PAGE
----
If your guinea pigs are in need of their monthly bath (or every other month, in the winter) then it’s best to do this on a day with good weather when they can dry off quickly. Guinea pigs don’t enjoy being wet, and particularly in cold climates bathing guinea pigs and not drying them off properly can give them chills.
First, make sure you have ample time to bathe and dry all your guinea pigs. Guinea pigs are very scent-oriented creatures, and if you remove one from their home and return it with a different scent, then fights can break out as they don’t recognise each other properly. To avoid this, it’s best to get it all over and done with on the same day, so that they all smell of shampoo rather than their usual scent.
Be sure to dry your pets off properly afterwards
To begin, you’ll need the following items:
- Shampoo (baby shampoo or guinea pig shampoo)
- A guinea pig brush
- A Sink or big bowl with two or three centimetres of warm water
- A towel
- A hair dryer with a cool setting
Make sure that your guinea pig is calm before plonking them in the water. You might want to dab one of their feet with some of the warm water first to help them get used to it, and keep something tasty nearby to distract them (be careful not to get shampoo on this). Once your guinea pig is calm, gently lower their body into the shallow water, making sure that your guinea pig's nose and mouth is out of the water so that your guinea pig can breathe. Scoop up water and very gently pour it over them, using one hand to shield their faces from the streams of water. Once their bodies are thoroughly wet (apart from their head which you can wet with your fingertips) lift them out of the water and place them on the ground, or on a towelled lap. Squeeze a bit of the shampoo onto your hand and gently lather it all over your guinea pig’s body. It's a good idea to lather your guinea pig's head with a finger to help avoid getting any shampoo in their eyes, as this will sting as it does with humans. If you’re giving a guinea pig an anti-parasite bath, follow the instructions on the packet for shampooing the guinea pig’s head. If you’re trying to get rid of mites then carefully shampoo the guinea pig’s ears, too, as mites will live on and in them. Shampooing of ears needs to be done very carefully to avoid getting shampoo or water near your pets’ eardrums.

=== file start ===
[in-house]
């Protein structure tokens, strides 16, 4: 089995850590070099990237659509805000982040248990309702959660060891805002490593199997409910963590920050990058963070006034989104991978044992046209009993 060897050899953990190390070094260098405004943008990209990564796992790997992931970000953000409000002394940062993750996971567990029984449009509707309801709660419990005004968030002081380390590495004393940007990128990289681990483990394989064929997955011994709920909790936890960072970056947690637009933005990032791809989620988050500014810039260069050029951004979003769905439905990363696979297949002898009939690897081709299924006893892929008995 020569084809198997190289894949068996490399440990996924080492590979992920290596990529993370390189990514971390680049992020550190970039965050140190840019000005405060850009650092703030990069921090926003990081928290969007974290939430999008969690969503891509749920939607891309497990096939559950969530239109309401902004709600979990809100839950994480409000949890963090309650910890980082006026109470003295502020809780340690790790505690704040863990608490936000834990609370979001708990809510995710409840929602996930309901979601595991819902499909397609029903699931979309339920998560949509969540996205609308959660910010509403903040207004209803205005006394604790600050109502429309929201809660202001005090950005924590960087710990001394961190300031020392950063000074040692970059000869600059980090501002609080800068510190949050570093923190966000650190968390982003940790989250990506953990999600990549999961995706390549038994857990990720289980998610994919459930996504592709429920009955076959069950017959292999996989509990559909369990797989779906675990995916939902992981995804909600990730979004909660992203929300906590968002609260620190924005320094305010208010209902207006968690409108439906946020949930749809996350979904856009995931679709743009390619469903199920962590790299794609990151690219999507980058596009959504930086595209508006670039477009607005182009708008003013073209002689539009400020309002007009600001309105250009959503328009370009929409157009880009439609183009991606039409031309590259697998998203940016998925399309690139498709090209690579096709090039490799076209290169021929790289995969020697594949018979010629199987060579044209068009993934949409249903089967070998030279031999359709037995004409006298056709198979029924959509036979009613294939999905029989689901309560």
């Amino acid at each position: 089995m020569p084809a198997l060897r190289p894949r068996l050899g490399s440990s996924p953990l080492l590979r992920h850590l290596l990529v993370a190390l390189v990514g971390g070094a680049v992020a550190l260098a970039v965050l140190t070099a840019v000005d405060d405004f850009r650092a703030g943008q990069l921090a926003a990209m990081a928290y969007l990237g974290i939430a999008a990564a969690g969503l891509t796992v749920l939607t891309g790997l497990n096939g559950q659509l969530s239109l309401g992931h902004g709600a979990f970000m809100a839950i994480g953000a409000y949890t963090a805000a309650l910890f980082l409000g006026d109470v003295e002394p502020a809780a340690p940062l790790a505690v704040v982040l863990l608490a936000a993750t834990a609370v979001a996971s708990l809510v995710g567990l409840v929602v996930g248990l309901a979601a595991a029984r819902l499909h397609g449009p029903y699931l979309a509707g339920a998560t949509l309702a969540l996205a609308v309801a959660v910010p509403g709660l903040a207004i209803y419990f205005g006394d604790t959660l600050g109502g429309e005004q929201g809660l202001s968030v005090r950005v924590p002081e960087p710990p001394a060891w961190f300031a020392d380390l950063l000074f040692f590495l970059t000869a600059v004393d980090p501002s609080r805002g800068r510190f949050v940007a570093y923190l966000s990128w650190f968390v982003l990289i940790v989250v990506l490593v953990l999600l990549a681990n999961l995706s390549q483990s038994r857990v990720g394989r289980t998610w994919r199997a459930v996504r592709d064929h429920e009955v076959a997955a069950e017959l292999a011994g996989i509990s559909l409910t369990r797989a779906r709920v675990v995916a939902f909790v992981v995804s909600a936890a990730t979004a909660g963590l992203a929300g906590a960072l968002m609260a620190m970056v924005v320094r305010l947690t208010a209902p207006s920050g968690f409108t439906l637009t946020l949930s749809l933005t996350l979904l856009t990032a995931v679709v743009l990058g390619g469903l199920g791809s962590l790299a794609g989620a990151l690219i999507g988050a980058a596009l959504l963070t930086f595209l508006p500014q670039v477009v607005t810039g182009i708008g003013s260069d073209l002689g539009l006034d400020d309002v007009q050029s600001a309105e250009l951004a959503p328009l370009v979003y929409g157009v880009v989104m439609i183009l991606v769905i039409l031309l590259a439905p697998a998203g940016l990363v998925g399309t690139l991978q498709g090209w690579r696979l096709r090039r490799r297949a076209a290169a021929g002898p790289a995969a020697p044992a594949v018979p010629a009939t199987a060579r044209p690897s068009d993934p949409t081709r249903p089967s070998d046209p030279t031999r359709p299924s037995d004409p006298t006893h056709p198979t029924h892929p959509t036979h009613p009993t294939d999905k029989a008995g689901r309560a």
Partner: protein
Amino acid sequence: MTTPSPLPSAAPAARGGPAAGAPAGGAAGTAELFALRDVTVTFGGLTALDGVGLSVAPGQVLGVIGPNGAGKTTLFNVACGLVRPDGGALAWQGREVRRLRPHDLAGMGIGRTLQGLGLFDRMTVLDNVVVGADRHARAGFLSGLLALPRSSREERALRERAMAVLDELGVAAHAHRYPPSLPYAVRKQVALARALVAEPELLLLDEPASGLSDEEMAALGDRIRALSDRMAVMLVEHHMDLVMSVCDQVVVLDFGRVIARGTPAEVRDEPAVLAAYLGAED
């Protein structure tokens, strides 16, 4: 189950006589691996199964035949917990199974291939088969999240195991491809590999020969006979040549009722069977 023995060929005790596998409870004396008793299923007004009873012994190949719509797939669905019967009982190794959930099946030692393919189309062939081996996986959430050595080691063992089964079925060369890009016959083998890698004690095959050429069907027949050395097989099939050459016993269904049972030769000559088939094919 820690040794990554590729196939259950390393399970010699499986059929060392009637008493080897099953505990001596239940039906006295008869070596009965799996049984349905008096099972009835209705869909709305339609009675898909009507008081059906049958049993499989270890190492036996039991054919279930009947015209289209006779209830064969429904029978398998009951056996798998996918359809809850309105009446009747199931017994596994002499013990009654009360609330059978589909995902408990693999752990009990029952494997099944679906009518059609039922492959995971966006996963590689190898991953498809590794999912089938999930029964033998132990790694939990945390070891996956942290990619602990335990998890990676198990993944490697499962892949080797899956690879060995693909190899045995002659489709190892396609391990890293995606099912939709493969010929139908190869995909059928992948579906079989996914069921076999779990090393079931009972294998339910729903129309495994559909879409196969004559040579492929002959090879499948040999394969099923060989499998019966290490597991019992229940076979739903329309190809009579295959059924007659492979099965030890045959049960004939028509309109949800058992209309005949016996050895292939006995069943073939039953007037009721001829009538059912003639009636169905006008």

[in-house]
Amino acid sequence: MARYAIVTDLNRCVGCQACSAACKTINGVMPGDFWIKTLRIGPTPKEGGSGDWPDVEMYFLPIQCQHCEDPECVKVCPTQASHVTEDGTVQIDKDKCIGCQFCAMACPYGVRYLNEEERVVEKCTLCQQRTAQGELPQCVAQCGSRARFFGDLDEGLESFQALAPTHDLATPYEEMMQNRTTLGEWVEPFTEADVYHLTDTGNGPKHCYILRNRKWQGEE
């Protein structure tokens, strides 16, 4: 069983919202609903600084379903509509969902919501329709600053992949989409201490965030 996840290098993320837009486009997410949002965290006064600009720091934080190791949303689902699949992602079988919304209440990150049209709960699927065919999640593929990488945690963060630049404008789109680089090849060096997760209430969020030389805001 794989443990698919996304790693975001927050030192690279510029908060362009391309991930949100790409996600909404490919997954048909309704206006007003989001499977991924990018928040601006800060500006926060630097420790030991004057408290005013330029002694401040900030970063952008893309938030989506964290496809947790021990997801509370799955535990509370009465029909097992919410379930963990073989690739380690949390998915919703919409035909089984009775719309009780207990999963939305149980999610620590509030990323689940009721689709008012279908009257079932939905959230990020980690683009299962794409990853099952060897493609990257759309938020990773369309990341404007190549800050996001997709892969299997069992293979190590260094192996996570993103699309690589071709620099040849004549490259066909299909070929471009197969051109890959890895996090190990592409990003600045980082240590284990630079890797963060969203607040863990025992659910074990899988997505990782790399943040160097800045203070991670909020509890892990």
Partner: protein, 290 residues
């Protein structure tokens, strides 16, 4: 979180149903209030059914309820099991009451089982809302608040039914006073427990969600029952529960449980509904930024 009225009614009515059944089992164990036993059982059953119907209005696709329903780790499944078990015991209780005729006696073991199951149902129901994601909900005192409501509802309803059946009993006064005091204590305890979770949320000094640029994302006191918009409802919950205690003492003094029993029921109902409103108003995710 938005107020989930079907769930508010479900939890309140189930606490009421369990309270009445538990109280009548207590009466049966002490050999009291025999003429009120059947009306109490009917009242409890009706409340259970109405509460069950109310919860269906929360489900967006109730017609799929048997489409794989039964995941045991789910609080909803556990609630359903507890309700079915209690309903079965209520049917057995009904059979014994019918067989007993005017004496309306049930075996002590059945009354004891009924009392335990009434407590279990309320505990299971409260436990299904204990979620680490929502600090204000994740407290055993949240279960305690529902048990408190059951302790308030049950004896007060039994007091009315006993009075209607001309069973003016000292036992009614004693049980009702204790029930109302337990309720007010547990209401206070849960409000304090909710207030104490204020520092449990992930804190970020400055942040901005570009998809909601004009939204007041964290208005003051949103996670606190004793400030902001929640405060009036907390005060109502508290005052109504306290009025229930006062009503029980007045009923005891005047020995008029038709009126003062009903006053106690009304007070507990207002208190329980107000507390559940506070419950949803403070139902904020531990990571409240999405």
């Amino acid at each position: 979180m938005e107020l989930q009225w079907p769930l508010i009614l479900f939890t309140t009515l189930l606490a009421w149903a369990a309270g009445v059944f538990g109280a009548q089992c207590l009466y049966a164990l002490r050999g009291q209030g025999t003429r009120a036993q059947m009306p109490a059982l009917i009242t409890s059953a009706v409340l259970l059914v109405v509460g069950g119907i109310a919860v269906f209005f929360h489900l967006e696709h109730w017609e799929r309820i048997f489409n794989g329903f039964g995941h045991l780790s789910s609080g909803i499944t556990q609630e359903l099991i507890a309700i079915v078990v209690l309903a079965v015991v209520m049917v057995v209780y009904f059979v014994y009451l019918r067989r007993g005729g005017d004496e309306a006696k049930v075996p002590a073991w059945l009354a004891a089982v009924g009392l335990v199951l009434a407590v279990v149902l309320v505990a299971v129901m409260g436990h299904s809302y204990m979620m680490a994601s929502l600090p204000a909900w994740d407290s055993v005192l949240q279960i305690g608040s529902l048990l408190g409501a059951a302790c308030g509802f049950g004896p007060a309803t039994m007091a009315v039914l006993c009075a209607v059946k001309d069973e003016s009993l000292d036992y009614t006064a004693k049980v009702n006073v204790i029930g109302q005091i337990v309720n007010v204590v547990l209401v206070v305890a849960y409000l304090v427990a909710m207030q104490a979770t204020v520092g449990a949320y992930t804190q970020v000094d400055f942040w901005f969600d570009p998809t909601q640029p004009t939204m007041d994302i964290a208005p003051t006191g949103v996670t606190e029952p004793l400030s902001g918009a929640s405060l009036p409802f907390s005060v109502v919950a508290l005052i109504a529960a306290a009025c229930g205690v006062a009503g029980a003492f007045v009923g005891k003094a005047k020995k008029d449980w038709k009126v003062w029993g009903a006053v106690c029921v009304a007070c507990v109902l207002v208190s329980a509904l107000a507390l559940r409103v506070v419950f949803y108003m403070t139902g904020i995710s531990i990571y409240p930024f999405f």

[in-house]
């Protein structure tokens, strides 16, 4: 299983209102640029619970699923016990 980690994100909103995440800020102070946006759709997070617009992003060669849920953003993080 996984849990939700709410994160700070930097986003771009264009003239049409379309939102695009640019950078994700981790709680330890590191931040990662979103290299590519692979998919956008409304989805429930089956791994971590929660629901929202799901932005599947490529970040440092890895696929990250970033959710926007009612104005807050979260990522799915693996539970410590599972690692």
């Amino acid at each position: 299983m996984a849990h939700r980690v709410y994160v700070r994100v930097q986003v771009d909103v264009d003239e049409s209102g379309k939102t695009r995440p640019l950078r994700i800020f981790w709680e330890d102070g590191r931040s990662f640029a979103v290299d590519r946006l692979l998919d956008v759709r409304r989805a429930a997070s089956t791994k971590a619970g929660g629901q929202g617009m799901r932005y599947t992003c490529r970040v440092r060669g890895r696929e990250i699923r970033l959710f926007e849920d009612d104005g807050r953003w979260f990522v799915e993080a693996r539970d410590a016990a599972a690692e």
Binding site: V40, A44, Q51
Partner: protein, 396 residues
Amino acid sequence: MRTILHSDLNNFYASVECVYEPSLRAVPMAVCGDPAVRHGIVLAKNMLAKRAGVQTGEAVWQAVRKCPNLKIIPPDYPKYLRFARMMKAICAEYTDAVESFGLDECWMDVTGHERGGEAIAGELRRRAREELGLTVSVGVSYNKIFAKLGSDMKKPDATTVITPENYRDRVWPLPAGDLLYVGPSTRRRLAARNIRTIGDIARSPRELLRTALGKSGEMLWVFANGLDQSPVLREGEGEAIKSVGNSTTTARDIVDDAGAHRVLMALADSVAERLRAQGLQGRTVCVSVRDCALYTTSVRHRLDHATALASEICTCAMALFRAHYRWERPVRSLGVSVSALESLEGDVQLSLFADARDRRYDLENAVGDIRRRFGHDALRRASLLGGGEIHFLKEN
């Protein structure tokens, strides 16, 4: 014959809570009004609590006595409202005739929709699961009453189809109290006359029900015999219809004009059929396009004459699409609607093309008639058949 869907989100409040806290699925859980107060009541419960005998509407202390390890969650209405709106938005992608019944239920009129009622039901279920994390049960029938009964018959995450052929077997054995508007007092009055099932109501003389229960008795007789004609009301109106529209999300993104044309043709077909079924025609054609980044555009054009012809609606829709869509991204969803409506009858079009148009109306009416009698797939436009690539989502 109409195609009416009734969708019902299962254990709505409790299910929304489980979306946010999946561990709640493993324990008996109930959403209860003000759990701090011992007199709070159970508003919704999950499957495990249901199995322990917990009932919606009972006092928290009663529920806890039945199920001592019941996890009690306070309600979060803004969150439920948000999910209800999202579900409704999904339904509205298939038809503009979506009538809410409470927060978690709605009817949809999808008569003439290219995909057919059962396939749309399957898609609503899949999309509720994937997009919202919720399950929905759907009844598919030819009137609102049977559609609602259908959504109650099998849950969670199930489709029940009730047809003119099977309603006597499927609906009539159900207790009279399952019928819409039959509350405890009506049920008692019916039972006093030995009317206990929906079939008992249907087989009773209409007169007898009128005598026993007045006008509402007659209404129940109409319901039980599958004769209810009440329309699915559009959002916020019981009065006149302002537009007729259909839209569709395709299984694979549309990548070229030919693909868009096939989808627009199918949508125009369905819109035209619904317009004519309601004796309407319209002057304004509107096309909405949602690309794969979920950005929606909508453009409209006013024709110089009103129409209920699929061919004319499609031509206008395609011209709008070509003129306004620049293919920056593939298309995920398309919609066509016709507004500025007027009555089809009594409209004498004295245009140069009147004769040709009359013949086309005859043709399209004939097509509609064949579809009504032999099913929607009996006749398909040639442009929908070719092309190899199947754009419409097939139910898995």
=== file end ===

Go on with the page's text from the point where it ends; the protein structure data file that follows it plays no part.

Once your pet is all lathered up, rinse the animal two or three times with warm fresh water and have a good look to make sure there’s no shampoo remaining. Once you’re sure all the suds are out of their hair, then wrap them in a towel for a few minutes to get the majority of the water off of them. Make sure their head is poking out so they can breathe, and that you’re not wrapping them too tightly. Next, once they’ve stopped dripping, hold your guinea pig on your lap and use a hairdryer on them. To prevent burning them with this machine, avoid their ears, use a cool setting, and keep moving the dryer so it doesn't heat up one particular spot too much. Once your guinea pig is dry, make sure it's kept in a warm place for at least a few hours, or overnight to be on the safe side.